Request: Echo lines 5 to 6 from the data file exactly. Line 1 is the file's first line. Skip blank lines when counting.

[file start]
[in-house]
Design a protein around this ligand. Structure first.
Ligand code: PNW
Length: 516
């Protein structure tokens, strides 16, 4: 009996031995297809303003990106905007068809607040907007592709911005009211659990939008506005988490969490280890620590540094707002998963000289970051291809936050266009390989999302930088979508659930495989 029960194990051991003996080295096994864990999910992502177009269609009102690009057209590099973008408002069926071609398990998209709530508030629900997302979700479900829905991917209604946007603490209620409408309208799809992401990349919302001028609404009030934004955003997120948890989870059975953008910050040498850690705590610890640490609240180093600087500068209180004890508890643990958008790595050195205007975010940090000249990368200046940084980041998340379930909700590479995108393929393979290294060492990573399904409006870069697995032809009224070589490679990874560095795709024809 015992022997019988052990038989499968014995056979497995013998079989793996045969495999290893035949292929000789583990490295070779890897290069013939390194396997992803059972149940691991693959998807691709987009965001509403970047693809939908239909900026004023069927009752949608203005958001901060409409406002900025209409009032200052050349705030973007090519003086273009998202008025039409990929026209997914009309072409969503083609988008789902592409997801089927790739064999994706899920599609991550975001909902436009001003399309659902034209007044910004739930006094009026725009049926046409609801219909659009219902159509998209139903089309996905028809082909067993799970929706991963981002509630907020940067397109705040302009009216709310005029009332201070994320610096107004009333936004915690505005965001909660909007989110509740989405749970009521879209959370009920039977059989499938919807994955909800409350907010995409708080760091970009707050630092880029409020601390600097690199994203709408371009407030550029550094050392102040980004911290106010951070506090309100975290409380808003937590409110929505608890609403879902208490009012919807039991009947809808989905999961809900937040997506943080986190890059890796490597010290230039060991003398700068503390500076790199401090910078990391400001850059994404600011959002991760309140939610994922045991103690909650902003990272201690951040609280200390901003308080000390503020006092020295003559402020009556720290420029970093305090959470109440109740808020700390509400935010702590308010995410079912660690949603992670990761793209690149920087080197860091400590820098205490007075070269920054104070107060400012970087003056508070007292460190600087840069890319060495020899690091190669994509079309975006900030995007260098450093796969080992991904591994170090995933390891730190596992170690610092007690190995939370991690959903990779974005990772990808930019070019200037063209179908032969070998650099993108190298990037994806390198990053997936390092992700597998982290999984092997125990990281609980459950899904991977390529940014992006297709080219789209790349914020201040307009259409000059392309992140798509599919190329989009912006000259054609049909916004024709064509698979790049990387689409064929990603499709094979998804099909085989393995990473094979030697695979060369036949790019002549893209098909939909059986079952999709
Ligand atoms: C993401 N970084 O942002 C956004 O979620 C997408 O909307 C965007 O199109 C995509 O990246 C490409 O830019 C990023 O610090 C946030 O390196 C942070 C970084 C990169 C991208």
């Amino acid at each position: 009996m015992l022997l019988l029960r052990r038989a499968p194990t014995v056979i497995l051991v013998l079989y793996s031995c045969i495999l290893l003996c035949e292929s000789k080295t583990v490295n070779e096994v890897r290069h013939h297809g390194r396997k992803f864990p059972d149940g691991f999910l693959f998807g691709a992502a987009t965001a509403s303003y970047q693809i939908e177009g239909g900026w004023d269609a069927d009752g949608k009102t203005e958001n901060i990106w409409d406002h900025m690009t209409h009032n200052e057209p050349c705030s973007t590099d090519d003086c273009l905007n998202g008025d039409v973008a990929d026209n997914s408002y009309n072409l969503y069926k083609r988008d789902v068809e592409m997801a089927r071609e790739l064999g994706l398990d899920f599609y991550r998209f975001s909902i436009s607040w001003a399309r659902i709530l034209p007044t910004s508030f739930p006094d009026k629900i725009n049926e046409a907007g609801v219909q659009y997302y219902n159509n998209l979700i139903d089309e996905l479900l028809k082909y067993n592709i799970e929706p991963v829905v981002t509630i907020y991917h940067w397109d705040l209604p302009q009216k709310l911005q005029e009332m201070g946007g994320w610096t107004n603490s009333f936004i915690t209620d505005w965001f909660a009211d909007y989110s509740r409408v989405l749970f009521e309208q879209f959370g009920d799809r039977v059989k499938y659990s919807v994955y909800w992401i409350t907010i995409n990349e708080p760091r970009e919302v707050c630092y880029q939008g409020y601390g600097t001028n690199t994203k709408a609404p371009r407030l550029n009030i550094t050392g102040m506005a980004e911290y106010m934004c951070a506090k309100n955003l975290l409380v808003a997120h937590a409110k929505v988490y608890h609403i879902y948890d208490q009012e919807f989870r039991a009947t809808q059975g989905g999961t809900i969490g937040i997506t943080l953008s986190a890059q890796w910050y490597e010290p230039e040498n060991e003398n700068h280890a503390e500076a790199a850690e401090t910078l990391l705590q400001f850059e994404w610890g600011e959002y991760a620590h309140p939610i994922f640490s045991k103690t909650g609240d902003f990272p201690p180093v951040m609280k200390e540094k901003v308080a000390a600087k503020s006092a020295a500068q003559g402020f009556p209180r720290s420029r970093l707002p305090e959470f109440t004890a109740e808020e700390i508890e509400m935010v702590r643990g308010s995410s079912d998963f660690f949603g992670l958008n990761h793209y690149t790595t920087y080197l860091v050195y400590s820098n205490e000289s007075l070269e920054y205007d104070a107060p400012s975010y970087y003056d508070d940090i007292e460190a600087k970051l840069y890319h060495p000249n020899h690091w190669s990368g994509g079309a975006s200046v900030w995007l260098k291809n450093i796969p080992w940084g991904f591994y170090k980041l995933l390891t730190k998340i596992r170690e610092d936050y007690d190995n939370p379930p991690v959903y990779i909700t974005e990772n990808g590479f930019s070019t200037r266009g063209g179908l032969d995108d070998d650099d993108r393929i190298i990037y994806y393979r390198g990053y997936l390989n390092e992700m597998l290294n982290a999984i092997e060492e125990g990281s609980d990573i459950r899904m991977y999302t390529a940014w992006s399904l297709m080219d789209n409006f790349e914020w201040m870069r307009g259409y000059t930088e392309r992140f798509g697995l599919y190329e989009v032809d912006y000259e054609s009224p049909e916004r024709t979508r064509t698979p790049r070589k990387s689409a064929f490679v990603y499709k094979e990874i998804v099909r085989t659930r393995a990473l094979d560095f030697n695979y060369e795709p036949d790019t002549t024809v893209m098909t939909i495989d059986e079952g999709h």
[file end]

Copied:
């Protein structure tokens, strides 16, 4: 009996031995297809303003990106905007068809607040907007592709911005009211659990939008506005988490969490280890620590540094707002998963000289970051291809936050266009390989999302930088979508659930495989 029960194990051991003996080295096994864990999910992502177009269609009102690009057209590099973008408002069926071609398990998209709530508030629900997302979700479900829905991917209604946007603490209620409408309208799809992401990349919302001028609404009030934004955003997120948890989870059975953008910050040498850690705590610890640490609240180093600087500068209180004890508890643990958008790595050195205007975010940090000249990368200046940084980041998340379930909700590479995108393929393979290294060492990573399904409006870069697995032809009224070589490679990874560095795709024809 015992022997019988052990038989499968014995056979497995013998079989793996045969495999290893035949292929000789583990490295070779890897290069013939390194396997992803059972149940691991693959998807691709987009965001509403970047693809939908239909900026004023069927009752949608203005958001901060409409406002900025209409009032200052050349705030973007090519003086273009998202008025039409990929026209997914009309072409969503083609988008789902592409997801089927790739064999994706899920599609991550975001909902436009001003399309659902034209007044910004739930006094009026725009049926046409609801219909659009219902159509998209139903089309996905028809082909067993799970929706991963981002509630907020940067397109705040302009009216709310005029009332201070994320610096107004009333936004915690505005965001909660909007989110509740989405749970009521879209959370009920039977059989499938919807994955909800409350907010995409708080760091970009707050630092880029409020601390600097690199994203709408371009407030550029550094050392102040980004911290106010951070506090309100975290409380808003937590409110929505608890609403879902208490009012919807039991009947809808989905999961809900937040997506943080986190890059890796490597010290230039060991003398700068503390500076790199401090910078990391400001850059994404600011959002991760309140939610994922045991103690909650902003990272201690951040609280200390901003308080000390503020006092020295003559402020009556720290420029970093305090959470109440109740808020700390509400935010702590308010995410079912660690949603992670990761793209690149920087080197860091400590820098205490007075070269920054104070107060400012970087003056508070007292460190600087840069890319060495020899690091190669994509079309975006900030995007260098450093796969080992991904591994170090995933390891730190596992170690610092007690190995939370991690959903990779974005990772990808930019070019200037063209179908032969070998650099993108190298990037994806390198990053997936390092992700597998982290999984092997125990990281609980459950899904991977390529940014992006297709080219789209790349914020201040307009259409000059392309992140798509599919190329989009912006000259054609049909916004024709064509698979790049990387689409064929990603499709094979998804099909085989393995990473094979030697695979060369036949790019002549893209098909939909059986079952999709
Ligand atoms: C993401 N970084 O942002 C956004 O979620 C997408 O909307 C965007 O199109 C995509 O990246 C490409 O830019 C990023 O610090 C946030 O390196 C942070 C970084 C990169 C991208």